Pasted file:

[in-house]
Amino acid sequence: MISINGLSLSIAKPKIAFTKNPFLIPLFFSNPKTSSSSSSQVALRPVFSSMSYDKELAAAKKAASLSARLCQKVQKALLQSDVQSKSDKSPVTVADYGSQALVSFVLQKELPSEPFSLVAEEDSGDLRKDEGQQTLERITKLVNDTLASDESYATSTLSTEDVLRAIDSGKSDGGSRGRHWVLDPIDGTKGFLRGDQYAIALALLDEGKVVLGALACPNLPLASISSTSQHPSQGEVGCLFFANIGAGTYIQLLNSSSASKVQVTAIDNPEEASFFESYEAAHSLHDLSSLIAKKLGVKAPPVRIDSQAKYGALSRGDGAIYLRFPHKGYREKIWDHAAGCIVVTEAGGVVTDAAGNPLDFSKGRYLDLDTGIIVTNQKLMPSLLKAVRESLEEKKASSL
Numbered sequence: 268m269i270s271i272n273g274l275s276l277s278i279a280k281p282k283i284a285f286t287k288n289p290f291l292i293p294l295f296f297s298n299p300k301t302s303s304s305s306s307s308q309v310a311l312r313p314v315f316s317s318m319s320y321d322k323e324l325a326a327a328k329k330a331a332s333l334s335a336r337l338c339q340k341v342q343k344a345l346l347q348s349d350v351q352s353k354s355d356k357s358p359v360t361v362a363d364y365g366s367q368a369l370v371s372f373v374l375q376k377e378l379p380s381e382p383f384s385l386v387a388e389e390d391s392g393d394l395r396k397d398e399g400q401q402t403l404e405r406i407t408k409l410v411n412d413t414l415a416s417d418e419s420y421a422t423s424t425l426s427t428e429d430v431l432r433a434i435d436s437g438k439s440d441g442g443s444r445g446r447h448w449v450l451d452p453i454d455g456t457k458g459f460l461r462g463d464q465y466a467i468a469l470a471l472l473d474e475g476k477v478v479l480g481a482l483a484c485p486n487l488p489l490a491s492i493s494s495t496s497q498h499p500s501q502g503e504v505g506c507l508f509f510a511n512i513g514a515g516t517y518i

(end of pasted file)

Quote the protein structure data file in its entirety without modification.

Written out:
[in-house]
Amino acid sequence: MISINGLSLSIAKPKIAFTKNPFLIPLFFSNPKTSSSSSSQVALRPVFSSMSYDKELAAAKKAASLSARLCQKVQKALLQSDVQSKSDKSPVTVADYGSQALVSFVLQKELPSEPFSLVAEEDSGDLRKDEGQQTLERITKLVNDTLASDESYATSTLSTEDVLRAIDSGKSDGGSRGRHWVLDPIDGTKGFLRGDQYAIALALLDEGKVVLGALACPNLPLASISSTSQHPSQGEVGCLFFANIGAGTYIQLLNSSSASKVQVTAIDNPEEASFFESYEAAHSLHDLSSLIAKKLGVKAPPVRIDSQAKYGALSRGDGAIYLRFPHKGYREKIWDHAAGCIVVTEAGGVVTDAAGNPLDFSKGRYLDLDTGIIVTNQKLMPSLLKAVRESLEEKKASSL
Numbered sequence: 268m269i270s271i272n273g274l275s276l277s278i279a280k281p282k283i284a285f286t287k288n289p290f291l292i293p294l295f296f297s298n299p300k301t302s303s304s305s306s307s308q309v310a311l312r313p314v315f316s317s318m319s320y321d322k323e324l325a326a327a328k329k330a331a332s333l334s335a336r337l338c339q340k341v342q343k344a345l346l347q348s349d350v351q352s353k354s355d356k357s358p359v360t361v362a363d364y365g366s367q368a369l370v371s372f373v374l375q376k377e378l379p380s381e382p383f384s385l386v387a388e389e390d391s392g393d394l395r396k397d398e399g400q401q402t403l404e405r406i407t408k409l410v411n412d413t414l415a416s417d418e419s420y421a422t423s424t425l426s427t428e429d430v431l432r433a434i435d436s437g438k439s440d441g442g443s444r445g446r447h448w449v450l451d452p453i454d455g456t457k458g459f460l461r462g463d464q465y466a467i468a469l470a471l472l473d474e475g476k477v478v479l480g481a482l483a484c485p486n487l488p489l490a491s492i493s494s495t496s497q498h499p500s501q502g503e504v505g506c507l508f509f510a511n512i513g514a515g516t517y518i